NASA Astronauts Train for Commercial Space Flights

15 May, 2016

The American space agency and private companies are developing vehicles to take humans into low Earth orbit and even farther into space.

A space vehicle system called Crew Space Transportation is a part of the effort. Boeing, the aircraft manufacturer, says its CST-100 Starliner will start flying human crews to the International Space Station by the end of next year.

The United States no longer uses its reusable space shuttle to send astronauts into space. The last shuttle flight took place in 2011. Since then, the U.S. space agency has depended on Russian spacecraft to launch crews to the International Space Station.

Boeing and another company, Space X, say they can fly astronauts to low orbits for about $20 million less than the current Russian spacecraft, Soyuz.

Astronauts are already training for commercial spacecraft missions in flight simulators. Vehicle designs and controls have changed since the early days of spaceflight. In the future, astronauts will fly with the help of computer screens that are sensitive to touch.

Eric Boe is an astronaut with NASA.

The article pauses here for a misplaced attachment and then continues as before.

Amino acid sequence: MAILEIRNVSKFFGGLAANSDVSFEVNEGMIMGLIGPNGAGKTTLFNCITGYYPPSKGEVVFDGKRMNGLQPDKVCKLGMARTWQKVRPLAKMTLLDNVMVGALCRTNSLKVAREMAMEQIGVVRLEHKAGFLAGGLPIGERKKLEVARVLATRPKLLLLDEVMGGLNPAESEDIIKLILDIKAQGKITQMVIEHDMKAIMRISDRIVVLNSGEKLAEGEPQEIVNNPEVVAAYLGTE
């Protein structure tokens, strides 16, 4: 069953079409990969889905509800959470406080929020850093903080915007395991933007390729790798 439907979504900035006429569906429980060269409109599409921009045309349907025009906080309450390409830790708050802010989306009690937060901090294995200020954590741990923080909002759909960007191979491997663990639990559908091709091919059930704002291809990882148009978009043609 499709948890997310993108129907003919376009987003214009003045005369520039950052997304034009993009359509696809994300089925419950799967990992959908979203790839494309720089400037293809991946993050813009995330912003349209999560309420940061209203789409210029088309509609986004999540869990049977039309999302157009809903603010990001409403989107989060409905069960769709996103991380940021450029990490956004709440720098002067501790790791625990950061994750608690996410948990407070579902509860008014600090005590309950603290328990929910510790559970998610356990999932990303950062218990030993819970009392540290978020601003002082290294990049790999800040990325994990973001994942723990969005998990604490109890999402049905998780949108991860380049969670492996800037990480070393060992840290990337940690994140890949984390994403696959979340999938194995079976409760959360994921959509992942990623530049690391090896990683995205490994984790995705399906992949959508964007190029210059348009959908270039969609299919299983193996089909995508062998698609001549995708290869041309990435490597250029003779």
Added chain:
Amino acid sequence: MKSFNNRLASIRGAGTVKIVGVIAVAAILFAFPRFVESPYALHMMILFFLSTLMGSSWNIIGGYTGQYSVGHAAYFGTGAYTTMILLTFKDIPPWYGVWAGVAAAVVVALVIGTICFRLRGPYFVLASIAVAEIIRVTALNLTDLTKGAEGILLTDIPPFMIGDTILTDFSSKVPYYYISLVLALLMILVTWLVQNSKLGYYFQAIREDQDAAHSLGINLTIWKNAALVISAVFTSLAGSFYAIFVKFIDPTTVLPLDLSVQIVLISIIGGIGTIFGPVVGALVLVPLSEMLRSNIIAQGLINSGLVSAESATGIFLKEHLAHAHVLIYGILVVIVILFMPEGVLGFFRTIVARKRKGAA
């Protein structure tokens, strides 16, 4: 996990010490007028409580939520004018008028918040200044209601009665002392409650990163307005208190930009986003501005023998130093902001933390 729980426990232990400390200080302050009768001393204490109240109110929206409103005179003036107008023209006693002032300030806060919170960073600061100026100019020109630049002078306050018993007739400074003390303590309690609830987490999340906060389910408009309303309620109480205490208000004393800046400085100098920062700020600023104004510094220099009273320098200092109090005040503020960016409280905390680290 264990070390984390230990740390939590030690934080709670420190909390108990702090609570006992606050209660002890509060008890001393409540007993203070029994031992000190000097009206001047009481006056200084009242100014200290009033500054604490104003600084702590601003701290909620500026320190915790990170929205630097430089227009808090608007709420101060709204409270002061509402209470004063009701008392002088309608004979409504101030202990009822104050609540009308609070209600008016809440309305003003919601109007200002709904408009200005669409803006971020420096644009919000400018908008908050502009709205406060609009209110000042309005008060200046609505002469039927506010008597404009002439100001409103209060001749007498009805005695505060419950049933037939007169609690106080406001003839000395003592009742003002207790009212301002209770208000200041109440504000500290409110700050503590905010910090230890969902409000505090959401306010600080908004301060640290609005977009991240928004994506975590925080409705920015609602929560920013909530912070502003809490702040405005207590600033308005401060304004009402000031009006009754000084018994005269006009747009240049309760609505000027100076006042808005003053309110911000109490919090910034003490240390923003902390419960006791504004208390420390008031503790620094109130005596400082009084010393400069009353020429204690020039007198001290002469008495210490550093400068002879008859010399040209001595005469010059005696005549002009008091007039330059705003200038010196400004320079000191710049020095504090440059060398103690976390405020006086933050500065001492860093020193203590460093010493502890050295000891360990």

"You know, it is like learning how to drive a car, except for now you are learning how to drive a spaceship."

The space agency is using a number of flight simulators. The machinery was developed to help astronauts understand the design of a spacecraft's cockpit.

The agency, better known as NASA, is developing its new Orion spacecraft and a more powerful rocket, called Space Launch System.

In the future, NASA officials want to let private companies take the lead in low orbit flights. By doing so, they want the space agency to direct its attention on deep space flights, such as the first manned flight to Mars.

I'm Anne Ball.

George Putic produced this story for VOANews. Jim Dresbach adapted this story for Learning English. George Grow was the editor.

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Words in This Story

shuttlen. a vehicle that travels back and forth between places

spacecraftn. a vehicle that is used for travel in outer space

simulatorsn. machines that are used to show what something looks or feels like and are usually used to study something or to train people

cockpitn. the area in a boat, airplane or spacecraft where the pilot or driver sits

mission n. an important operation or program